Sunday, August 15, 2010

DateFormat with Multiple Threads

The DateFormat class is not thread-safe. The javadocs state that "Date formats are not synchronized. It is recommended to create separate format instances for each thread. If multiple threads access a format concurrently, it must be synchronized externally."

The following code shows how you would typically use DateFormat to convert a String to a Date in a single-threaded environment. It is more efficient to get the format as an instance variable and use it multiple times so that the system doesn't have to fetch the information about the local language and country conventions multiple times.

public class DateFormatTest {

  private final DateFormat format =
            new SimpleDateFormat("yyyyMMdd");

  public Date convert(String source)
                      throws ParseException{
    Date d = format.parse(source);
    return d;
  }
}
This code is not thread-safe. We can test it out by invoking the method using multiple threads. In the calling code below, I create a thread pool with 2 threads and submit 5 date conversion tasks to it. I then examine the results.
final DateFormatTest t = new DateFormatTest();
Callable<Date> task = new Callable<Date>(){
    public Date call() throws Exception {
        return t.convert("20100811");
    }
};

//lets try 2 threads only
ExecutorService exec = Executors.newFixedThreadPool(2);
List<Future<Date>> results =
             new ArrayList<Future<Date>>();

//perform 5 date conversions
for(int i = 0 ; i < 5 ; i++){
    results.add(exec.submit(task));
}
exec.shutdown();

//look at the results
for(Future<Date> result : results){
    System.out.println(result.get());
}
When the code is run the output is unpredictable - sometimes it prints out the correct dates, sometimes the WRONG ones (e.g. Sat Jul 31 00:00:00 BST 2012!) and at other times it throws a NumberFormatException!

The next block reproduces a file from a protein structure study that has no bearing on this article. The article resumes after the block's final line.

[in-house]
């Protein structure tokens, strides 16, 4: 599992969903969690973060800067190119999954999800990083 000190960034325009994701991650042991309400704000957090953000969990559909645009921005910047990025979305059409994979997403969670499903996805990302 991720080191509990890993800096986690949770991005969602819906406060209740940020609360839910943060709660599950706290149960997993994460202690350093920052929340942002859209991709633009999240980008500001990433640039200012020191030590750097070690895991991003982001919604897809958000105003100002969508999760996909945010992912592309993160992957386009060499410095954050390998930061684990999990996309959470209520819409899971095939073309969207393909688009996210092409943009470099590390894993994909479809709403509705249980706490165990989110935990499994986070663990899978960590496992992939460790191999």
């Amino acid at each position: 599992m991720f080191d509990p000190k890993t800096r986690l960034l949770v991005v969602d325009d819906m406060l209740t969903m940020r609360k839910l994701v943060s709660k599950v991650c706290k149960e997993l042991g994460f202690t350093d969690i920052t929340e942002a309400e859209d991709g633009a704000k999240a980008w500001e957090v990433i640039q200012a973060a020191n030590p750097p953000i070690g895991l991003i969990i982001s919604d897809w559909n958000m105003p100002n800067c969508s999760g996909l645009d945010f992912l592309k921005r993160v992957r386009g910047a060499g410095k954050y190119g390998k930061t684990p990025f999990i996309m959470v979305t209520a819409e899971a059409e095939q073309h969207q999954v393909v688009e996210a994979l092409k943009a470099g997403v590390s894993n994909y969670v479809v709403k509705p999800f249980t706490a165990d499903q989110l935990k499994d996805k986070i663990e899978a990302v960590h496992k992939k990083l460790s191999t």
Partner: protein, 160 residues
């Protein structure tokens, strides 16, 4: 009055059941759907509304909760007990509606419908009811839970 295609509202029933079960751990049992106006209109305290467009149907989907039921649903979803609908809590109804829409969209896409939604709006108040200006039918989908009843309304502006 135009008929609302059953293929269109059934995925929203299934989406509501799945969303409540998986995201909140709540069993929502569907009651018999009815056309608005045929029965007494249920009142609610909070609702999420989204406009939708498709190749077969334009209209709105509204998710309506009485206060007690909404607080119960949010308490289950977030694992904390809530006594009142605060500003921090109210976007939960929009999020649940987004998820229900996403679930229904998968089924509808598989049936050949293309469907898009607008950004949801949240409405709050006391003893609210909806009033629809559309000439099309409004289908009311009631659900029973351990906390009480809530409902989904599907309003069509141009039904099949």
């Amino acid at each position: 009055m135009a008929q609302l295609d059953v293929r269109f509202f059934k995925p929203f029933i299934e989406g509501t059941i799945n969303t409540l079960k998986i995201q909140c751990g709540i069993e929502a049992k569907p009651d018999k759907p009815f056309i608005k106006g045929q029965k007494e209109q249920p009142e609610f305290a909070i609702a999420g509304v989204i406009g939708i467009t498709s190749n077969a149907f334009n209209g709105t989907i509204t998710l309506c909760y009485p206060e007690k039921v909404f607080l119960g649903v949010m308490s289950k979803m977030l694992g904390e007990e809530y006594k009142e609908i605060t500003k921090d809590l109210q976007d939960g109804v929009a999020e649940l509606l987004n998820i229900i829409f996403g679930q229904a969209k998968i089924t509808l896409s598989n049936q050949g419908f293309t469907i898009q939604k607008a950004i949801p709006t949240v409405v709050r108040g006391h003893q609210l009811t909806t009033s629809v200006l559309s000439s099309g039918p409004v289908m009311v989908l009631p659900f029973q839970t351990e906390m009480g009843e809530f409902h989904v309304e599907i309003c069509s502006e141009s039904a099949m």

How can you use DateFormat concurrently?
There are different approaches you can take to use DateFormat in a thread-safe manner:

1. Synchronization
The easiest way of making this code thread-safe is to obtain a lock on the DateFormat object before parsing the date string. This way only one thread can access the object at a time, and the other threads must wait.

public Date convert(String source)
                    throws ParseException{
  synchronized (format) {
    Date d = format.parse(source);
    return d;
  }
}

2. ThreadLocals
Another approach is to use a ThreadLocal variable to hold the DateFormat object, which means that each thread will have its own copy and doesn't need to wait for other threads to release it. This is generally more efficient than synchronising sa in the previous approach.

public class DateFormatTest {

  private static final ThreadLocal<DateFormat> df
                 = new ThreadLocal<DateFormat>(){
    @Override
    protected DateFormat initialValue() {
        return new SimpleDateFormat("yyyyMMdd");
    }
  };

  public Date convert(String source)
                     throws ParseException{
    Date d = df.get().parse(source);
    return d;
  }
}

3. Joda-Time
Joda-Time is a great, open-source alternative to the JDK's Date and Calendar API. It's DateTimeFormat is "thread-safe and immutable".

import org.joda.time.DateTime;
import org.joda.time.format.DateTimeFormat;
import org.joda.time.format.DateTimeFormatter;
import java.util.Date;

public class DateFormatTest {

  private final DateTimeFormatter fmt =
       DateTimeFormat.forPattern("yyyyMMdd");

  public Date convert(String source){
    DateTime d = fmt.parseDateTime(source);
    return d.toDate();
  }
}

8 comments:

  1. Anonymous7:26 AM

    Great post , good work , keep it up

    ReplyDelete
  2. Anonymous8:37 PM

    great post...thanks for it..

    ReplyDelete
  3. Anonymous8:48 PM

    Great post which help me to figure out my problem. Thank you very much.

    ReplyDelete
  4. Anonymous9:47 AM

    thanks a lot!

    ReplyDelete
  5. Hi there:

    In your second option you say it's better because each thread will have its own copy. Do you mean every thread has its own instance of the formatter? Which is the difference between this approach and using a new SimpleDateFormat inside convert method so each call has its own instance?

    Thanks!

    ReplyDelete
  6. Thanks.
    It help us a lot.

    ReplyDelete
  7. Thanks very much for this post!

    ReplyDelete
  8. Great Post.....thanks a lot...

    ReplyDelete